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The terms under the UK’s new Building Safety Act 2022 became enforceable from October 1 this year. Here, Bob Glendenning, Fire Design Engineering Manager of Sherwin-Williams Protective & Marine Coatings, examines why creating a ‘Golden Thread’ of information within the new legislation is so important for those involved in the intumescent coatings industry
The Building Safety Act 2022 (BSA) has been developed as a new framework for the design, construction and occupation of ‘higher risk’ buildings. These buildings are defined as being a minimum of 18 metres or seven storeys in height and comprise of at least two domestic premises.
These regulations required that all existing occupied high-risk buildings should be registered with the new Building Safety Regulator (BSR) from April 6, 2023 and no later than October 1, 2023. The BSR is an independent body which forms part of the Health and Safety Executive, which aims to raise building safety standards and the performance of buildings whilst also monitoring the competence of regulators and industry professionals.
The reality of this new legislation is that under the terms of the Act, a Principal Accountable Person who fails to register an occupied higher-risk building ‘without a reasonable excuse’ will be liable to either a fine or imprisonment for a term not exceeding two years.
The Principal Accountable Person is described as the organisation or person who owns, or has responsibility for, the building. It may also be an organisation or person who is responsible for maintaining the common parts of a building, for example corridors or lobbies.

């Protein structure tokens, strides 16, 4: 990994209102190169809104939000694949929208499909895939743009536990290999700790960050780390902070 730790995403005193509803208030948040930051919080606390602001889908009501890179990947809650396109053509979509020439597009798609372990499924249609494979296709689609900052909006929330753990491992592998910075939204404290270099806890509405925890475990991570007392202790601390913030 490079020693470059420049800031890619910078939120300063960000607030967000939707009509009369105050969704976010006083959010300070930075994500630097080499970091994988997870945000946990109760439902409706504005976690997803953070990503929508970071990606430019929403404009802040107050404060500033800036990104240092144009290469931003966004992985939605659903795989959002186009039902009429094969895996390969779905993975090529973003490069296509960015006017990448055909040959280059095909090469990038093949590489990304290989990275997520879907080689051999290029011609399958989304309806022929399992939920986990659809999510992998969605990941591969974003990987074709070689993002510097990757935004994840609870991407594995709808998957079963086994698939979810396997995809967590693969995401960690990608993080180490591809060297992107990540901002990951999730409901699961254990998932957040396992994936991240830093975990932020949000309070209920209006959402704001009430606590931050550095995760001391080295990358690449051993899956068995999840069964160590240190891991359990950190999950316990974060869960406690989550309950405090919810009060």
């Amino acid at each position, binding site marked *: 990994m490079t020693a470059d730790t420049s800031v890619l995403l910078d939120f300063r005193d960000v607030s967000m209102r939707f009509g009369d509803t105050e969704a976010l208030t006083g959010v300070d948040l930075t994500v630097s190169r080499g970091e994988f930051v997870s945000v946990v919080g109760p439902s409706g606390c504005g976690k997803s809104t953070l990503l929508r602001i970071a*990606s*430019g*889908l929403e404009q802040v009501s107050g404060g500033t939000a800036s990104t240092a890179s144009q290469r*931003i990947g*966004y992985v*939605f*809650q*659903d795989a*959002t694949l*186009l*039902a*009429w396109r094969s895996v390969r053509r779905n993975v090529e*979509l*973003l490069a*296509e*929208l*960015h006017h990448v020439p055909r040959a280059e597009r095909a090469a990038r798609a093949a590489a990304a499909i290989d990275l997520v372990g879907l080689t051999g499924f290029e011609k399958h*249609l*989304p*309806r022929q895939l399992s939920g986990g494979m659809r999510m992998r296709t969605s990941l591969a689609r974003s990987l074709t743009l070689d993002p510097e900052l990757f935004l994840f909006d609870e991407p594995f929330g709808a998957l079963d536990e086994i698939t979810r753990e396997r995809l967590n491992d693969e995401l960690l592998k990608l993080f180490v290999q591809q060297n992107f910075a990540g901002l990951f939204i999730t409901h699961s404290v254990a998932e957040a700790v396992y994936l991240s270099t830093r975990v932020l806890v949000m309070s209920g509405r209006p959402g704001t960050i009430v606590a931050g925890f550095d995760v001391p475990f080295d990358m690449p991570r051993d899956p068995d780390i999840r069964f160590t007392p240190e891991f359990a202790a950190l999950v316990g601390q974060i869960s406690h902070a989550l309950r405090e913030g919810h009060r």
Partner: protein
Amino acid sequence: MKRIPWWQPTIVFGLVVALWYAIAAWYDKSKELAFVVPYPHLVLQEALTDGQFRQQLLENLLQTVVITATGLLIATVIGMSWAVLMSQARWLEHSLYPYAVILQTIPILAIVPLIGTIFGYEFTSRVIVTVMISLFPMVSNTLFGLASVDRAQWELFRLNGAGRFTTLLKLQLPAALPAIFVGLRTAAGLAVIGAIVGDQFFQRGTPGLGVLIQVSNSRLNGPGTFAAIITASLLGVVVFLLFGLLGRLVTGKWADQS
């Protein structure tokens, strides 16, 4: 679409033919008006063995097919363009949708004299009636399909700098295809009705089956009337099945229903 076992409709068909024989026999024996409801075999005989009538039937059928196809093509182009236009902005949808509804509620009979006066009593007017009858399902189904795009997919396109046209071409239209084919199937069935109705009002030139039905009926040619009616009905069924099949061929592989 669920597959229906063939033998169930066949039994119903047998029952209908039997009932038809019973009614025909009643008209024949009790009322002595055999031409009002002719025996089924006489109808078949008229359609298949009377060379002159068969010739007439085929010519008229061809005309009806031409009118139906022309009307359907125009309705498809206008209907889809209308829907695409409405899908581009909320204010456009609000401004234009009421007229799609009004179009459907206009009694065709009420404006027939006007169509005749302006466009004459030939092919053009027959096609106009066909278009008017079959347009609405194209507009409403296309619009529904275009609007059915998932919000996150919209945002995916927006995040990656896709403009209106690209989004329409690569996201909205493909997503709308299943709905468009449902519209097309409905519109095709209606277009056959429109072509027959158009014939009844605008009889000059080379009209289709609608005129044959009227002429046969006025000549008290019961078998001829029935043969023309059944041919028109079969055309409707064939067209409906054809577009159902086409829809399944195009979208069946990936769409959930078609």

The three Gateways provide evidence
The Golden Thread is an information trail that runs through all of the three Gateways from the outset to completion and occupation so that end users can be assured of compliance, quality and safety and have confidence in the products used to provide fire and life safety.
For the protection of structural steel with intumescent coatings, those who may need to submit information may include main contractors, architects, designers, specifiers, fabricators and applicators. Indeed, any party who is responsible for fire safety critical elements or components.
Importantly, the criteria for the Golden Thread requires all relevant documents and evidence to be stored digitally to prove that adequate steps have been taken in the construction and ongoing maintenance of a building.
Gateway 1 – covering the planning stage. This has been in force since August 1, 2021 and sets out the framework for the second and third stages. Applicants need to demonstrate that fire safety matters have been incorporated into the planning stage for all buildings. The Health and Safety Executive (HSE), who are now also the BSR, will be part of the consultation.
If a fire statement is required to be submitted with a planning application it will be an issue for consideration for the Local Planning Authority (LPA) when reaching its decision on the application. Contractors should take note that if the LPA considers the statement inadequate it can refuse the application.
At Sherwin-Williams, our policy of early engagement and collaboration between all parties helps to clarify any points up front before they become a problem with the subsequent knock-on effect on time and cost.